clock menu more-arrow no yes

Filed under:

How Amazon's Plan to Buy Whole Foods Is Affecting Blue Apron

It’s awkward timing for the meal kit company’s IPO

Blue Apron ingredients in bags.

Meal kit trailblazer Blue Apron is going public and is set to begin trading Thursday on the New York Stock Exchange — but its initial stock price won’t be nearly as high as initially thought. The culprit? Amazon — or more specifically, Amazon’s recent play to buy out Whole Foods, a strategic move that’s expected to have a hefty impact on numerous industries.

Blue Apron originally said that the 30 million shares it’s putting up for sale would be initially priced in the $15 to $17 range, but as Bloomberg reports, that’s now been slashed to $10 to $11, or by roughly a third. Even still, the lower stock price would give the company an overall valuation of around $2 billion, which is no small potatoes for a company that has yet to turn a profit.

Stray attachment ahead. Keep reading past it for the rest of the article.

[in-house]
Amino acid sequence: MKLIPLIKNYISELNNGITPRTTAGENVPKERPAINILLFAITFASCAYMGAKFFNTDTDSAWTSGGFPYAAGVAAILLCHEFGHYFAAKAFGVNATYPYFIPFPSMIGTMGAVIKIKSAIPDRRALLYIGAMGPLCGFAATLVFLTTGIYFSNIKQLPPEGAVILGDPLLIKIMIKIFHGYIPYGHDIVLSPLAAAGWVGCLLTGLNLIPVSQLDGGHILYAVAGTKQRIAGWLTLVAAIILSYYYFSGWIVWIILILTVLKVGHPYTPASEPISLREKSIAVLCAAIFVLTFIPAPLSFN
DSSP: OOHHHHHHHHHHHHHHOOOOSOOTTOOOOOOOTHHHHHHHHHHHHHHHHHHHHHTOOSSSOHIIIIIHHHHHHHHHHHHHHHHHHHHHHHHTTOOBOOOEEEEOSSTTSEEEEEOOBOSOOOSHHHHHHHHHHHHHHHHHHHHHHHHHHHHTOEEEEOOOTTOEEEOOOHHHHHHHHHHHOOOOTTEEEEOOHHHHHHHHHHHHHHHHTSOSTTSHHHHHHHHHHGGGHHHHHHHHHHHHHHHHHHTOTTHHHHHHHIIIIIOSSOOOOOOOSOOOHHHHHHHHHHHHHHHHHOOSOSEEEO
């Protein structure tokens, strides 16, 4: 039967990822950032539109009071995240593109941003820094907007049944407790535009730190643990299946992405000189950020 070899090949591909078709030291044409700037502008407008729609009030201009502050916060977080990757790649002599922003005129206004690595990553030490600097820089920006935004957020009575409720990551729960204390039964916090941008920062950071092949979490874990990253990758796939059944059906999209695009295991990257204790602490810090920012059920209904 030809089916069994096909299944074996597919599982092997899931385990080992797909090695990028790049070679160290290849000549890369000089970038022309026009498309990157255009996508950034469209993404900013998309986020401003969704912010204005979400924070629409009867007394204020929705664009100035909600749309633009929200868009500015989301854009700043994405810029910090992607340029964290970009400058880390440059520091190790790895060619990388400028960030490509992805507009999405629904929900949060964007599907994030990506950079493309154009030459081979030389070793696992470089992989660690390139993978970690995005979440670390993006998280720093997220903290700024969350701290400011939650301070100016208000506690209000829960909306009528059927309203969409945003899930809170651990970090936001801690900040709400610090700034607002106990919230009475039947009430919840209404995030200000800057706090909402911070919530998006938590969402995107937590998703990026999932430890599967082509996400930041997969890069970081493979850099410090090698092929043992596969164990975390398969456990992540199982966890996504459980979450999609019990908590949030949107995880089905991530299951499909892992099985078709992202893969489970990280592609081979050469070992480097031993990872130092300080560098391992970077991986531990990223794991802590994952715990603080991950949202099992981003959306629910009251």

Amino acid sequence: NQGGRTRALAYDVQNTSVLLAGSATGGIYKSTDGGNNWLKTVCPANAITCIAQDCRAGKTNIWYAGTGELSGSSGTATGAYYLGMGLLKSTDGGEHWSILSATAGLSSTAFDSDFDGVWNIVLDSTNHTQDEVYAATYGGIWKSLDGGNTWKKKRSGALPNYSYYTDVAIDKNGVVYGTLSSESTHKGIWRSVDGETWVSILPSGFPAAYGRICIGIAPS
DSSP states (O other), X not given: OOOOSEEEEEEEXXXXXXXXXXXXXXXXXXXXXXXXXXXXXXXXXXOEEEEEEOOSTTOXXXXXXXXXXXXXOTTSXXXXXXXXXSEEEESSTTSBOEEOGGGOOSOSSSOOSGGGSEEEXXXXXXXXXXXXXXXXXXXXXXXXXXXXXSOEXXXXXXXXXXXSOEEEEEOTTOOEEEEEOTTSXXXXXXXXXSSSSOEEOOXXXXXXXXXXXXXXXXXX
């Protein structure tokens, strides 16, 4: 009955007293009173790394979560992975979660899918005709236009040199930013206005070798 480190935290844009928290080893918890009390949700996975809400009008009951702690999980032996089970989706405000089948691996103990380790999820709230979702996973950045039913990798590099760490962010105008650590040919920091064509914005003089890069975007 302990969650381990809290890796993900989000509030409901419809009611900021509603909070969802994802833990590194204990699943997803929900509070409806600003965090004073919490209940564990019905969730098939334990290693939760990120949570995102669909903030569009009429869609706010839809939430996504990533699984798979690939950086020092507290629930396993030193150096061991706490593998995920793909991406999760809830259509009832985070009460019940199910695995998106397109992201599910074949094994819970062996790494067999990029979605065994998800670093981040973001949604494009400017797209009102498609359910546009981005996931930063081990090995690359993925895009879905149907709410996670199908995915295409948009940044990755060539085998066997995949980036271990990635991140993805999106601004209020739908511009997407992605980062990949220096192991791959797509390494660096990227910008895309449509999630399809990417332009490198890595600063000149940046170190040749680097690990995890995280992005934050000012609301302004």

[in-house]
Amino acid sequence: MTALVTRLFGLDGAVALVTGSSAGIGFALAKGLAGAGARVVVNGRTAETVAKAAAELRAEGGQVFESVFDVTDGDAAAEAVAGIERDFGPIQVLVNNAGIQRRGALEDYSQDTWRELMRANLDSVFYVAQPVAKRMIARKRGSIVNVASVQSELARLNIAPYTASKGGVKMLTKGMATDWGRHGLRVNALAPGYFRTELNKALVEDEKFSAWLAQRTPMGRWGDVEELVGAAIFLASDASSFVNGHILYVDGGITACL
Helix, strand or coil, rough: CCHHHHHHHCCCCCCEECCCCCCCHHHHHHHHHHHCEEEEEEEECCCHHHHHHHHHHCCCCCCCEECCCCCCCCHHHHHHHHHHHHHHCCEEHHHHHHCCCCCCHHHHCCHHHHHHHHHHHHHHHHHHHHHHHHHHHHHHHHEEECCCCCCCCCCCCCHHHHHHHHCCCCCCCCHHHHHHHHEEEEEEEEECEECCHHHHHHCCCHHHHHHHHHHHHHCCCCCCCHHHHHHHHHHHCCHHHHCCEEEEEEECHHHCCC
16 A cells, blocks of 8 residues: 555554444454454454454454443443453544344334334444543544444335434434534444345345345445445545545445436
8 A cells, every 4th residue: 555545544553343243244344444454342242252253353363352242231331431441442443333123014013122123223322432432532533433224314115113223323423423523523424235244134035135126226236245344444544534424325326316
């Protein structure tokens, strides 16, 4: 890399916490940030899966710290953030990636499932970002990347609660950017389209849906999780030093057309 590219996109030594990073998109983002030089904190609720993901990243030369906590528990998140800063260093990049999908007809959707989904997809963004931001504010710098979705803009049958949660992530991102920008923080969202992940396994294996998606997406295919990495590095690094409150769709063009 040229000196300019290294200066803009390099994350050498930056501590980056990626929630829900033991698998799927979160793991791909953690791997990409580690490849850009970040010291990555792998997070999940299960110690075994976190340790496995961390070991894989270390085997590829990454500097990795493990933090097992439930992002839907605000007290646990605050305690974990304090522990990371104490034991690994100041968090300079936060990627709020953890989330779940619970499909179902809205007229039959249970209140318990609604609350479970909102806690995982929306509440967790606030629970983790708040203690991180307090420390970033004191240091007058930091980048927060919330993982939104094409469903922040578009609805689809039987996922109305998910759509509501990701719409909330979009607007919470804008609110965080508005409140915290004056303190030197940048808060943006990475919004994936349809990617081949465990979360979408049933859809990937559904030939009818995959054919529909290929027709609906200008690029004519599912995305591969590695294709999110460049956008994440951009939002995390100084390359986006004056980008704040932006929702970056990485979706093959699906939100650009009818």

Grocery store stocks took a hit following the announcement of a potential Amazon-Whole Foods merger, and such a blockbuster deal could also mean some serious competition for Blue Apron. While the meal kit industry has become heavily saturated in the years since Blue Apron launched in 2012, an Amazon-Whole Foods deal could create a potentially game-changing food delivery monolith; both companies have dabbled in meal kits already, and by joining forces, Amazon could use its competition-crushing delivery capabilities to tap into Whole Foods’ loyal customer base.

Blue Apron counted more than a million customers in the first quarter of this year, but has continued to lose money each year it’s been in business. At an initial stock price of $10 to $11, the IPO will raise more than $300 million, which could be the boost the meal kit company needs to finally turn a profit.

Blue Apron Slashes IPO Price 34% as Amazon-Whole Foods Looms [Bloomberg]
Blue Apron Is Going Public. Here’s What We Learned From Its IPO [E]
Blue Apron Loses Money Every Year and Soon You Can Own Stock In It [E]

Sign up for the Sign up for the Eater newsletter

The freshest news from the food world every day